On Tuesday the wind continued. We caught sight of our first tumbleweed late that morning, and by midday, when we stopped for gas beneath the grain elevator of a one-stop town, I felt moved to photograph this very ordinary but visible symbol of our location. The West. At last! Judy popped Sabotage by Black Sabbath into the CD player, and so, when a sudden road-change came at the edge of town and we found ourselves barreling down a narrow, pot-holed grade, a series of shrieks and fell thumps accompanied us like movie theme music. I couldn't breathe. Judy's eyes went wide. The bottom came. We found ourselves alive, and burst out laughing. We carried on, banging our heads and our fists and screaming the words till our throats were sore.
The route we'd taken was desolate, but, thankfully, a shortcut, for gas mileage was the worst yet. The temperature was 99 degrees when we pulled up to the gas pump at a lonely building with a sign that said, "Pop. 6." Turning my head in a semi-circle, I could see no other civilization. Inside, I asked the clerk, a handsome Native American woman, if she was one of the six.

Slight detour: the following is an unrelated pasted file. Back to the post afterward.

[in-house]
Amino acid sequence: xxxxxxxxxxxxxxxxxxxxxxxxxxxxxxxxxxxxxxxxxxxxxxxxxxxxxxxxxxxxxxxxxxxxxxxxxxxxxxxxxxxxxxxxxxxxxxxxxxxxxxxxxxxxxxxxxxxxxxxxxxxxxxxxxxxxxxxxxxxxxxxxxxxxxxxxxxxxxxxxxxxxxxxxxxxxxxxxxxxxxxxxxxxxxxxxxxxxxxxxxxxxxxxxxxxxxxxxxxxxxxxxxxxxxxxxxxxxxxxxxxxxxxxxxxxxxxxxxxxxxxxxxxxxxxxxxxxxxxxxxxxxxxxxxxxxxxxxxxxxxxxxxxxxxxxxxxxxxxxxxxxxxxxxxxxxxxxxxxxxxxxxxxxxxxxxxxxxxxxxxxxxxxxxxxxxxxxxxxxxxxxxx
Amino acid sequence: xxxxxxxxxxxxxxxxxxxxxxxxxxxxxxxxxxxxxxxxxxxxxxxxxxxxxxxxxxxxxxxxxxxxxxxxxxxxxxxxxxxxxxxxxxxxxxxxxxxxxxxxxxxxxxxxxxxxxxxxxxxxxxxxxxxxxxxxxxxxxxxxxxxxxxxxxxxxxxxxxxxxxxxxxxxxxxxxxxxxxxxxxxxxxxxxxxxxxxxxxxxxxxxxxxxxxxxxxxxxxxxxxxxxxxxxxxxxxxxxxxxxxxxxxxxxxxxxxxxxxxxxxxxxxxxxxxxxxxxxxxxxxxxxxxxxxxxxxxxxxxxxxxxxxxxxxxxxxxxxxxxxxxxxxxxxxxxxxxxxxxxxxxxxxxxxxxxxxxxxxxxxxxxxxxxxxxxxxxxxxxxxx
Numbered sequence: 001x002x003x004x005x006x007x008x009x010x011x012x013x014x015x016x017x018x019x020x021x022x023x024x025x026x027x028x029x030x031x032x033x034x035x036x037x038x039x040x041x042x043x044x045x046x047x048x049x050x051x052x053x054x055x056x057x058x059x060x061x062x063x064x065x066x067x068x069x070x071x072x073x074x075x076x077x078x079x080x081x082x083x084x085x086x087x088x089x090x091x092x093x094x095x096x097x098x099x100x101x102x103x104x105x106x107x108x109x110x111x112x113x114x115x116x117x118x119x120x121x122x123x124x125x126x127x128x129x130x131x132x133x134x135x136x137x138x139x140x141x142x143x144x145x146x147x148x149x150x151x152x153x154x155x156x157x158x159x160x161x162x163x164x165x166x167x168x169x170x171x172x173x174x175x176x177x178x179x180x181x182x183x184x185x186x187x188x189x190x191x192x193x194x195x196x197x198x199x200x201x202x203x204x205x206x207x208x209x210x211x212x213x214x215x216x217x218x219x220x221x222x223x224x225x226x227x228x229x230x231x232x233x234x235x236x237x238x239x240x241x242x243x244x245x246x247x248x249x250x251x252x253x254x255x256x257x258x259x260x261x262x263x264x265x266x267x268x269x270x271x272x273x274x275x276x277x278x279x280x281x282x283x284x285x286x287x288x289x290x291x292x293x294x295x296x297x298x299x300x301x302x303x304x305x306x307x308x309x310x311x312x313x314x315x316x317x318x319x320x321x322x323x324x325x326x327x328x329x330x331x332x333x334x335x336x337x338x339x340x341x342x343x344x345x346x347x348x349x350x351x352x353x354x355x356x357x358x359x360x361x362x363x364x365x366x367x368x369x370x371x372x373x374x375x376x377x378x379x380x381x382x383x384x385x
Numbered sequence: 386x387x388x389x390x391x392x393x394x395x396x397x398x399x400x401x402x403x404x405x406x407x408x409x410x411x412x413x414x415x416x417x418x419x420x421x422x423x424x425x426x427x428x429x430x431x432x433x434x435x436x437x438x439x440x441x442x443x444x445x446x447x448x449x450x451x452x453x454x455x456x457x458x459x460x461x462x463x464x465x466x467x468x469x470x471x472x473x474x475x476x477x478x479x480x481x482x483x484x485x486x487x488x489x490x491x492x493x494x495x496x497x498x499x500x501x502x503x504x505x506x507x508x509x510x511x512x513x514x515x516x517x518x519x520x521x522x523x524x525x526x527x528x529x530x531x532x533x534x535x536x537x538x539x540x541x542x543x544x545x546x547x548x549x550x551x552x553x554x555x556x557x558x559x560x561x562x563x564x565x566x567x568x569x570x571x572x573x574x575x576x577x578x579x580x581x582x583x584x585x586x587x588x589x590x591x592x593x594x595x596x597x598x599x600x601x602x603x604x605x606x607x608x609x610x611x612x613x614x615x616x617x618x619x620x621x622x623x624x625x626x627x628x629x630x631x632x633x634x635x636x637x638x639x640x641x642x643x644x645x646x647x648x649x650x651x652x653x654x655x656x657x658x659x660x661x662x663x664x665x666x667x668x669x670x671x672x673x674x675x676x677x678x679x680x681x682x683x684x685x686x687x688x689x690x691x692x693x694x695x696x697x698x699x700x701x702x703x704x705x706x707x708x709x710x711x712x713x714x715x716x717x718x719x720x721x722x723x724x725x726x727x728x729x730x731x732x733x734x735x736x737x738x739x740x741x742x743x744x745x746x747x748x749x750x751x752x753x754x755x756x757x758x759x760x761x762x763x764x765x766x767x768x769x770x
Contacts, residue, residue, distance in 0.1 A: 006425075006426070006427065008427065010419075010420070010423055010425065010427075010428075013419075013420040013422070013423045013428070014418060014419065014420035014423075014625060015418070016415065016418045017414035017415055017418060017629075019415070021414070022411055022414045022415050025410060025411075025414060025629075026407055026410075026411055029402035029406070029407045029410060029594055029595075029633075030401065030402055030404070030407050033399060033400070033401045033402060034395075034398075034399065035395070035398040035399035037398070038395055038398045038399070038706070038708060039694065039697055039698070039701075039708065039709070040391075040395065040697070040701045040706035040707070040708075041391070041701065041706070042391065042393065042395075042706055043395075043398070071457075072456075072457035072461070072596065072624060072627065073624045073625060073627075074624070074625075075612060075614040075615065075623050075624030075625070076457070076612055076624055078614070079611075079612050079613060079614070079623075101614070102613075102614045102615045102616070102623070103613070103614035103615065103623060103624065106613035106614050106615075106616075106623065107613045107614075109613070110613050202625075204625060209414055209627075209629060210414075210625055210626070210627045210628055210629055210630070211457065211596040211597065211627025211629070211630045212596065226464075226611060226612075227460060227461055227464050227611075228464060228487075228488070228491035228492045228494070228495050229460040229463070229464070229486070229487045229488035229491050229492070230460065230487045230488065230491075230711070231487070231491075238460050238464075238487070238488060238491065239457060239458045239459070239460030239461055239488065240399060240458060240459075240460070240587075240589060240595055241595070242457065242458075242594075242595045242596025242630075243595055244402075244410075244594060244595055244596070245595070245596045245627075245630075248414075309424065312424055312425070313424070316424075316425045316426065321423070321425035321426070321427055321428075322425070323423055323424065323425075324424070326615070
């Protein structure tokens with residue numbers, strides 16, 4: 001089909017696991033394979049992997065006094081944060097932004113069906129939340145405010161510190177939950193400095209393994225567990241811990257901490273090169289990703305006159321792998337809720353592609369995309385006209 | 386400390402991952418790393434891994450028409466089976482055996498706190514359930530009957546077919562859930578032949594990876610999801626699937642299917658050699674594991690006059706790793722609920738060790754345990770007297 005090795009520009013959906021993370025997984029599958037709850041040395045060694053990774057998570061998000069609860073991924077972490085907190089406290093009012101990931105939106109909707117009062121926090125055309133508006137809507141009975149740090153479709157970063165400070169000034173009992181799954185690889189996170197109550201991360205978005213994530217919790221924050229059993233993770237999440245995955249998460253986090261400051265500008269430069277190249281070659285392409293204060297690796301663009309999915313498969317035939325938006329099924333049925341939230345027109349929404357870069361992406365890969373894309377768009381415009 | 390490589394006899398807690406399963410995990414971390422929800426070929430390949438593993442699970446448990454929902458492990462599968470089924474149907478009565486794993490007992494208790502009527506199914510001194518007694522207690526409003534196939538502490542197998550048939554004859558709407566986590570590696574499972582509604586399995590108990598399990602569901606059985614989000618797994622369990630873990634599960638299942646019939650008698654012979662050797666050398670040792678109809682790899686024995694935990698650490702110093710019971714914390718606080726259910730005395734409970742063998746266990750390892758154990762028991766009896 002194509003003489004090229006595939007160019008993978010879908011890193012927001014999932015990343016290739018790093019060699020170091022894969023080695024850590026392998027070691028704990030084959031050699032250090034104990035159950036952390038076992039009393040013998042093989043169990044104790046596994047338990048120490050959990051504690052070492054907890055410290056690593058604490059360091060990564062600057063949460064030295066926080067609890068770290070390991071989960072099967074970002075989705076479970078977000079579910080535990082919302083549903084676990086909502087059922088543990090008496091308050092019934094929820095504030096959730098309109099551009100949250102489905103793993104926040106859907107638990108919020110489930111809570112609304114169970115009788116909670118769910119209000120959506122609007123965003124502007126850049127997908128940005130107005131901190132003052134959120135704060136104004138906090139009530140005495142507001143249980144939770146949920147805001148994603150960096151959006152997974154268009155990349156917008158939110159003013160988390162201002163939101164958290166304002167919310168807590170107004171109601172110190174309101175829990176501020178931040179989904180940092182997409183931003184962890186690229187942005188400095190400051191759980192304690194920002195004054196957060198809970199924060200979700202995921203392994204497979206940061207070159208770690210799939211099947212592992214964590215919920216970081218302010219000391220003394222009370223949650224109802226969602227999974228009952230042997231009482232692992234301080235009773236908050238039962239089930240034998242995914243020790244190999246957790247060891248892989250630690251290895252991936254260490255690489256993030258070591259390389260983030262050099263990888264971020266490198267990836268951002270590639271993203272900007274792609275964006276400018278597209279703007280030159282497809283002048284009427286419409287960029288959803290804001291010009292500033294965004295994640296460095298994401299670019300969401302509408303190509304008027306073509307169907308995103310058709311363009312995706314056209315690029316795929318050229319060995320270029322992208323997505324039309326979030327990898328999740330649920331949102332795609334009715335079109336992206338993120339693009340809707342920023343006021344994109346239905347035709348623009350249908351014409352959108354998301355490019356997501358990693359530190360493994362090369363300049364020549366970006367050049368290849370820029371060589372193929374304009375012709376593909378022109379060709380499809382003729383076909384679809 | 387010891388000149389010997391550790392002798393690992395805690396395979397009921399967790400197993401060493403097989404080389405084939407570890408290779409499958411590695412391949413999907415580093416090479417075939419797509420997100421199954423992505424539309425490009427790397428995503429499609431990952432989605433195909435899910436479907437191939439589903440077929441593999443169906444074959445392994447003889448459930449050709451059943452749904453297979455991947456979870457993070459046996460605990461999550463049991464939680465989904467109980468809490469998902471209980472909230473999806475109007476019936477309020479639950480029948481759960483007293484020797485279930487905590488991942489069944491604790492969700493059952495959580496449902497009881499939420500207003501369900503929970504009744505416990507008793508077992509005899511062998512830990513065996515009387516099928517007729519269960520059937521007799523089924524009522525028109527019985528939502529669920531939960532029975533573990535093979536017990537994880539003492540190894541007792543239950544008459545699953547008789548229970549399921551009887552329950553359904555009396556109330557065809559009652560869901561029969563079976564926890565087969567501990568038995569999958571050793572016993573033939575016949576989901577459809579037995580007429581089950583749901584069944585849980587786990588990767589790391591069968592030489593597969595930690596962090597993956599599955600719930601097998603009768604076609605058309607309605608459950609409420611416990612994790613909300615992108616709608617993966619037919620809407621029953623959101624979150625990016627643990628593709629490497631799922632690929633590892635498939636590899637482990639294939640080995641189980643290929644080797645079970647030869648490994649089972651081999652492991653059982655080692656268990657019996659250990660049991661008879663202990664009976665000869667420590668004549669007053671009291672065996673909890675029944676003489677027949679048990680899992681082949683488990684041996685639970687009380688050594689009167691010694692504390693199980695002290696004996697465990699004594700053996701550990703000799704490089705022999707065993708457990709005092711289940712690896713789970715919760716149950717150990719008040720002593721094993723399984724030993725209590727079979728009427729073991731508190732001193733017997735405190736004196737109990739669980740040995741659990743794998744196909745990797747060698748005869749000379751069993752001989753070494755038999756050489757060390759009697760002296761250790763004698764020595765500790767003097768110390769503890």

"No," she laughed. "I work here in town but live out in the suburbs."
Judy giggled. The plastic-wrapped firecracker sausage I purchased in Pop. 6 sustained me without stomach discomfort all the way to the KOA Colorado Springs. There, after the paperwork ritual, we were guided to our site by man in a golf cart. After unhitching the trailer I found the tiny modem closet, and once inside, using a local dial-in number, connected with difficulty to the net. I sent some e-mails and posted once more to the Jack Vance BBS.
Wednesday we drove to Denver, cut to I-70 and headed west into that part of the Rockies called the Front Range. With the foothills the truck slowed, and when the mountains came we could only do 40 mph. We passed Buffalo Bill's Grave, the bison herd overlook, and the turnoff to Evergreen. After Idaho Springs we turned on US 40 and drove through the old mining town of Empire toward the family cabin in tiny Berthoud Falls, where we spotted Nancy, Judy's mom, chatting in front of the store with the owner. Nancy, a tough and pert mountain gal, squeezed us, made some wisecracks, and considered our parking situation.